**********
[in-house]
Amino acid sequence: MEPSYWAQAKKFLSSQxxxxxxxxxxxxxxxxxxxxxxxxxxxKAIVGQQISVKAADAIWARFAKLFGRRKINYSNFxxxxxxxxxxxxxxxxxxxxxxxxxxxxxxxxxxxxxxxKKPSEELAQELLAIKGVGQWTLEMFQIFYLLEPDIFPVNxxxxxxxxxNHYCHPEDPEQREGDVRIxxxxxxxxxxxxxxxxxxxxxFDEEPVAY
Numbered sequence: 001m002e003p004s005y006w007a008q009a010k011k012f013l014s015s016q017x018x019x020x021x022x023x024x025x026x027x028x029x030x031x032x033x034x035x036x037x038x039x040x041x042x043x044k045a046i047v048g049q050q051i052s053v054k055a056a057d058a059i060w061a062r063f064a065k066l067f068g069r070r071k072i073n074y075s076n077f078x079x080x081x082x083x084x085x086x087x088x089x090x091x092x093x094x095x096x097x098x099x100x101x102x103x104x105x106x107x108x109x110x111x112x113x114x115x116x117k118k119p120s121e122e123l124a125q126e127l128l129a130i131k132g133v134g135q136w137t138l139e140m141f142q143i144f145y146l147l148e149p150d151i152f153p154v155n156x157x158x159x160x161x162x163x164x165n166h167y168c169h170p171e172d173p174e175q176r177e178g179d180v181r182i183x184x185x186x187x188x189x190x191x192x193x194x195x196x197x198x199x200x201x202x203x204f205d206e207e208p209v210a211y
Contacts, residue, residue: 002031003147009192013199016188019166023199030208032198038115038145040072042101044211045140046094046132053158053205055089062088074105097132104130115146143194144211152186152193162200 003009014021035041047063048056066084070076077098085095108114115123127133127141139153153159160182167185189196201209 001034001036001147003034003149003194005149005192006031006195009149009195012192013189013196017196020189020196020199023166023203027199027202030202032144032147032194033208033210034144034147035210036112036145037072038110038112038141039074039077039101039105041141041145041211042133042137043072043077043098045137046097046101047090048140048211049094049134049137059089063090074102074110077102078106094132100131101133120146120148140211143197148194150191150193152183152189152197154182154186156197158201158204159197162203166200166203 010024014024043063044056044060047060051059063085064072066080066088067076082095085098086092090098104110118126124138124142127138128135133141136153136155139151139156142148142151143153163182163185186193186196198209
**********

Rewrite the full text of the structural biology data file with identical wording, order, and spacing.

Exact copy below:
[in-house]
Amino acid sequence: MEPSYWAQAKKFLSSQxxxxxxxxxxxxxxxxxxxxxxxxxxxKAIVGQQISVKAADAIWARFAKLFGRRKINYSNFxxxxxxxxxxxxxxxxxxxxxxxxxxxxxxxxxxxxxxxKKPSEELAQELLAIKGVGQWTLEMFQIFYLLEPDIFPVNxxxxxxxxxNHYCHPEDPEQREGDVRIxxxxxxxxxxxxxxxxxxxxxFDEEPVAY
Numbered sequence: 001m002e003p004s005y006w007a008q009a010k011k012f013l014s015s016q017x018x019x020x021x022x023x024x025x026x027x028x029x030x031x032x033x034x035x036x037x038x039x040x041x042x043x044k045a046i047v048g049q050q051i052s053v054k055a056a057d058a059i060w061a062r063f064a065k066l067f068g069r070r071k072i073n074y075s076n077f078x079x080x081x082x083x084x085x086x087x088x089x090x091x092x093x094x095x096x097x098x099x100x101x102x103x104x105x106x107x108x109x110x111x112x113x114x115x116x117k118k119p120s121e122e123l124a125q126e127l128l129a130i131k132g133v134g135q136w137t138l139e140m141f142q143i144f145y146l147l148e149p150d151i152f153p154v155n156x157x158x159x160x161x162x163x164x165n166h167y168c169h170p171e172d173p174e175q176r177e178g179d180v181r182i183x184x185x186x187x188x189x190x191x192x193x194x195x196x197x198x199x200x201x202x203x204f205d206e207e208p209v210a211y
Contacts, residue, residue: 002031003147009192013199016188019166023199030208032198038115038145040072042101044211045140046094046132053158053205055089062088074105097132104130115146143194144211152186152193162200 003009014021035041047063048056066084070076077098085095108114115123127133127141139153153159160182167185189196201209 001034001036001147003034003149003194005149005192006031006195009149009195012192013189013196017196020189020196020199023166023203027199027202030202032144032147032194033208033210034144034147035210036112036145037072038110038112038141039074039077039101039105041141041145041211042133042137043072043077043098045137046097046101047090048140048211049094049134049137059089063090074102074110077102078106094132100131101133120146120148140211143197148194150191150193152183152189152197154182154186156197158201158204159197162203166200166203 010024014024043063044056044060047060051059063085064072066080066088067076082095085098086092090098104110118126124138124142127138128135133141136153136155139151139156142148142151143153163182163185186193186196198209